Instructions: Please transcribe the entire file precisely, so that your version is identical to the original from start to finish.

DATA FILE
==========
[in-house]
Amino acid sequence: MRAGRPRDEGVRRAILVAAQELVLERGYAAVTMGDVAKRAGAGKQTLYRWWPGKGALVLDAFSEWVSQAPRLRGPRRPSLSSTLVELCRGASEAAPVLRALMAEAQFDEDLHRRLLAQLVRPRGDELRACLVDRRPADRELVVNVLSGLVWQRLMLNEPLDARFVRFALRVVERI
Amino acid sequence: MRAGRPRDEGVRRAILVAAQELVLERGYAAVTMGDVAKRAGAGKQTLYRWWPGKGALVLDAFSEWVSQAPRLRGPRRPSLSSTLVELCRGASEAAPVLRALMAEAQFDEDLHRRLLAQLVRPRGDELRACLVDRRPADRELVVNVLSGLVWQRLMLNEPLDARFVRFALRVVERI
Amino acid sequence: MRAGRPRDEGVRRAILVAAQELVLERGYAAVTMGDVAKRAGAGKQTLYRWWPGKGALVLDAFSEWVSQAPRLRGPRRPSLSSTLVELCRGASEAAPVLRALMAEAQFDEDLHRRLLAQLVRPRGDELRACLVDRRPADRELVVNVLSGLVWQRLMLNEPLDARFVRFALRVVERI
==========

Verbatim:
[in-house]
Amino acid sequence: MRAGRPRDEGVRRAILVAAQELVLERGYAAVTMGDVAKRAGAGKQTLYRWWPGKGALVLDAFSEWVSQAPRLRGPRRPSLSSTLVELCRGASEAAPVLRALMAEAQFDEDLHRRLLAQLVRPRGDELRACLVDRRPADRELVVNVLSGLVWQRLMLNEPLDARFVRFALRVVERI
Amino acid sequence: MRAGRPRDEGVRRAILVAAQELVLERGYAAVTMGDVAKRAGAGKQTLYRWWPGKGALVLDAFSEWVSQAPRLRGPRRPSLSSTLVELCRGASEAAPVLRALMAEAQFDEDLHRRLLAQLVRPRGDELRACLVDRRPADRELVVNVLSGLVWQRLMLNEPLDARFVRFALRVVERI
Amino acid sequence: MRAGRPRDEGVRRAILVAAQELVLERGYAAVTMGDVAKRAGAGKQTLYRWWPGKGALVLDAFSEWVSQAPRLRGPRRPSLSSTLVELCRGASEAAPVLRALMAEAQFDEDLHRRLLAQLVRPRGDELRACLVDRRPADRELVVNVLSGLVWQRLMLNEPLDARFVRFALRVVERI